Monday, August 30, 2010


Carol Reed directed this comedy thriller, which used the same leading lady and the same two supporting British boob characters Charters and Caldicott from The Lady Vanishes.  But the film was not a sequel to the Hitchcock film.  Carol Reed was about four years away from hitting his peak period as a filmmaker, the real auteur's of this film were the writers Sidney Gilliat and Frank Launder who had written The Lady Vanishes and were none to happy that Hitchcock got most of the credit for that film.

This is a very 1930's film with a lot of plot.  The basic story is about the Nazi's capturing an important scientist and his daughter from the British, and a British spy's attempts to get them back.  It is a pretty dated but clever story, with the writers mixing in comedy and suspense.  The film uses a lot of model and miniature work which gives  the whole thing a kind of quaint charm.

The acting is very good with a young Rex Harrison standing out as the British master spy trying to save the scientist and his daughter.  Harrison gets to sing a couple of music hall songs and really hams it up in disguise as a Nazi officer, in a lot of ways he's the whole show.  Margaret Lockwood gets the very thankless role of the daughter of the scientist but she looks pretty good in that English actress kind of way.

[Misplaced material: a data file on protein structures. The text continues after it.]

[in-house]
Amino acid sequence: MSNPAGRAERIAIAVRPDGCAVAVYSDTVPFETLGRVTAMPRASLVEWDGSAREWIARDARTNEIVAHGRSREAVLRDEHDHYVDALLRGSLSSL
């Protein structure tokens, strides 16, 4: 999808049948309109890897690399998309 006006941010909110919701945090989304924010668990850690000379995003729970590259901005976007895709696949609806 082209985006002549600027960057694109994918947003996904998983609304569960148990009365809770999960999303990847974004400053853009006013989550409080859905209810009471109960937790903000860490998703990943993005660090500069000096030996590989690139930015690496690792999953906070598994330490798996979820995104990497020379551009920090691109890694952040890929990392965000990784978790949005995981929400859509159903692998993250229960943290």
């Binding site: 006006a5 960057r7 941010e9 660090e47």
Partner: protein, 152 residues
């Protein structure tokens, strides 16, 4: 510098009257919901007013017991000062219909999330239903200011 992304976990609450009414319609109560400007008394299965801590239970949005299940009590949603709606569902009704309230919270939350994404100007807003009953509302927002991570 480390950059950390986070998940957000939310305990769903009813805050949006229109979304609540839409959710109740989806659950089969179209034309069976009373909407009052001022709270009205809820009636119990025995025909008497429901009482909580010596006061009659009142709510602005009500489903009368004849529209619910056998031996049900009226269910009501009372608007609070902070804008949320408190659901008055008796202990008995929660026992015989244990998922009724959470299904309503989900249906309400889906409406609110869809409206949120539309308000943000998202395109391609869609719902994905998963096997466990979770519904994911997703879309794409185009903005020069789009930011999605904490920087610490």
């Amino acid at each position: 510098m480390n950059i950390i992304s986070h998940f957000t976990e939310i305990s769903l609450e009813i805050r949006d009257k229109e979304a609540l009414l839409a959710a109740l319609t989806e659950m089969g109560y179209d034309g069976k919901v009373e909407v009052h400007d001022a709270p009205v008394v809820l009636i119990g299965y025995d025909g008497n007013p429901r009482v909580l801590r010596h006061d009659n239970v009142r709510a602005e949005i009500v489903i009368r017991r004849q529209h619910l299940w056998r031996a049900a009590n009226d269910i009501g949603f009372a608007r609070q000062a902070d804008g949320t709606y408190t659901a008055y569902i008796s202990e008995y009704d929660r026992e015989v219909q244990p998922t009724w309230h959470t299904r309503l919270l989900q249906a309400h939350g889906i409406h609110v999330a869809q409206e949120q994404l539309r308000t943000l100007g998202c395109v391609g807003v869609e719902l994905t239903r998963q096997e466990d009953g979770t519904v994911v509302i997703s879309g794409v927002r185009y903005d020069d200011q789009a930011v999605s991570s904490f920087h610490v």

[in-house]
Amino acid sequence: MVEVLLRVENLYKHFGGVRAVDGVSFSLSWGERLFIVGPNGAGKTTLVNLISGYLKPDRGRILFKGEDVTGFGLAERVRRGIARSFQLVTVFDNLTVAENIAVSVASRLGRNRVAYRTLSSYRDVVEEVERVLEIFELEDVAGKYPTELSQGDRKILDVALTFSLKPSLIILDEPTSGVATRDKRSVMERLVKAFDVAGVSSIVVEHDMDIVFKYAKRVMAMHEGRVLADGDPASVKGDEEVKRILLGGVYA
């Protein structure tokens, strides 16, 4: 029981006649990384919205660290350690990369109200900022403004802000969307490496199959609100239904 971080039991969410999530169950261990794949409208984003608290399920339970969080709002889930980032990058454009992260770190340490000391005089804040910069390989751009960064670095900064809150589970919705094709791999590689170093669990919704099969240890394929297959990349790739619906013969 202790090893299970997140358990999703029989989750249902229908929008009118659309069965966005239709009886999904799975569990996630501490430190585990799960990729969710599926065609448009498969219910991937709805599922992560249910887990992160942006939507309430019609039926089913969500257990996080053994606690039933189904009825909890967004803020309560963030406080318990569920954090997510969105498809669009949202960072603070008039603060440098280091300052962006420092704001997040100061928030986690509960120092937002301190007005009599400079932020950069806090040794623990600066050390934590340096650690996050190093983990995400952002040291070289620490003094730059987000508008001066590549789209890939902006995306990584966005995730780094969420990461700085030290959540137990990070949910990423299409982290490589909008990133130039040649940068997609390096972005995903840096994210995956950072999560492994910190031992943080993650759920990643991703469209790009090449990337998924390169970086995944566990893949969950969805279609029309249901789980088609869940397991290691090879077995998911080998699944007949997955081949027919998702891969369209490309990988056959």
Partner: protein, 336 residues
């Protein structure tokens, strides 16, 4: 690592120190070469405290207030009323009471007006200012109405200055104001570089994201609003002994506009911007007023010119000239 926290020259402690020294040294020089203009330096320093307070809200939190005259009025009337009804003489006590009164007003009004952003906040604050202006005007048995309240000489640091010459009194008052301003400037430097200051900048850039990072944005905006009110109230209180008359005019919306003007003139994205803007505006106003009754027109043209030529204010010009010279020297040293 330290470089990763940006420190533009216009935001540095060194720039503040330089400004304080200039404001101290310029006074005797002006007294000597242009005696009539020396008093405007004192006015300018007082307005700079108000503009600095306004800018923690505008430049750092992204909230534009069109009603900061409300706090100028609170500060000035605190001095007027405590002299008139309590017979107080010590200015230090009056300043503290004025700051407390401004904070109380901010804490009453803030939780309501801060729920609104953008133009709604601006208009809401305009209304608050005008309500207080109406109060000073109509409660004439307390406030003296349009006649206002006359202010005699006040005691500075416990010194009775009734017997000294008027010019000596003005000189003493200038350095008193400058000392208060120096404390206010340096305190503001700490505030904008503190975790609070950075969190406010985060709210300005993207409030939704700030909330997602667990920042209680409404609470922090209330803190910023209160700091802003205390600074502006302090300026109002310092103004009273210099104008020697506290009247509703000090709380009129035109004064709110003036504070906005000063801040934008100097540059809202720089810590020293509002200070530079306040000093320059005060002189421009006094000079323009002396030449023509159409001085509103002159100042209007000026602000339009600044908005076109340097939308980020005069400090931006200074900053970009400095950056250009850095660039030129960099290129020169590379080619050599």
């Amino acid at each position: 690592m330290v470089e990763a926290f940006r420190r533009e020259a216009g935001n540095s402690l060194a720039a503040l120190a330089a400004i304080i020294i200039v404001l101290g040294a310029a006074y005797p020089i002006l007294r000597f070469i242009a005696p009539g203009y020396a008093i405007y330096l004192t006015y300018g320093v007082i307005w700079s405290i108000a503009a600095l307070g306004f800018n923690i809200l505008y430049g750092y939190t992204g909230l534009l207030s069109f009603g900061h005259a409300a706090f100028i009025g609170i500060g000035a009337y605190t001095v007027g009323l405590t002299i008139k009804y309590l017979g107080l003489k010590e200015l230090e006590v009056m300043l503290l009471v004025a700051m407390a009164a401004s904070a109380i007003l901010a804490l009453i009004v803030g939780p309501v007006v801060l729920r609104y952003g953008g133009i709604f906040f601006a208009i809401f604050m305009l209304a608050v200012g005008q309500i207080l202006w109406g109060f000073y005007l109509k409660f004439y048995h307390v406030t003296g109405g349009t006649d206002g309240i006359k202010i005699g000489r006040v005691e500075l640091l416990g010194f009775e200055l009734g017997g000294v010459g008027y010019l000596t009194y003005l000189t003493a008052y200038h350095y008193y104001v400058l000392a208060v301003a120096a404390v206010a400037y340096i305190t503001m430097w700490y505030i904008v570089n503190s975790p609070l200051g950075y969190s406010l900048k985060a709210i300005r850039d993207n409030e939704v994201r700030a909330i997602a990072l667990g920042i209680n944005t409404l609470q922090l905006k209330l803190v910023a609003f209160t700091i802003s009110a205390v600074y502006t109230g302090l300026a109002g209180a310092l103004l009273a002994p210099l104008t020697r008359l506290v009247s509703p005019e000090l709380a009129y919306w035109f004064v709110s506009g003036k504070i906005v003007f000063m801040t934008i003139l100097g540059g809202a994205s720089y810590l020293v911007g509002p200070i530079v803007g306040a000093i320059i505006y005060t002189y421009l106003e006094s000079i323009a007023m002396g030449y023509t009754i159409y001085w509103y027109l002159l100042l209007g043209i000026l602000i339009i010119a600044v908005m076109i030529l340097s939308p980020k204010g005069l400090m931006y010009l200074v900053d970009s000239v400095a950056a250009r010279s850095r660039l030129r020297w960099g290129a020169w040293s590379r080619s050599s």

The finale features a shoot out on a cable car between Harrison and the Nazis which is a combination of more miniatures and rear projection, yeah it looks pretty phony but it's a lot of silly fun. 

Carol Reed was a very talented director but at this stage in his career he was no Hitchcock, he just didn't seem to be able to stage this spy stuff the way "The Master of Suspense" could.  Reed always liked working with actors and he did get pretty good performances out of the cast but visually the film is pretty dull for the most part. In 1944, Carol Reed kicks it into gear and has a very impressive run of films for the next 10 years. 

An entertaining if rather unmemorable film, stick with Hitchock's British thrillers instead.

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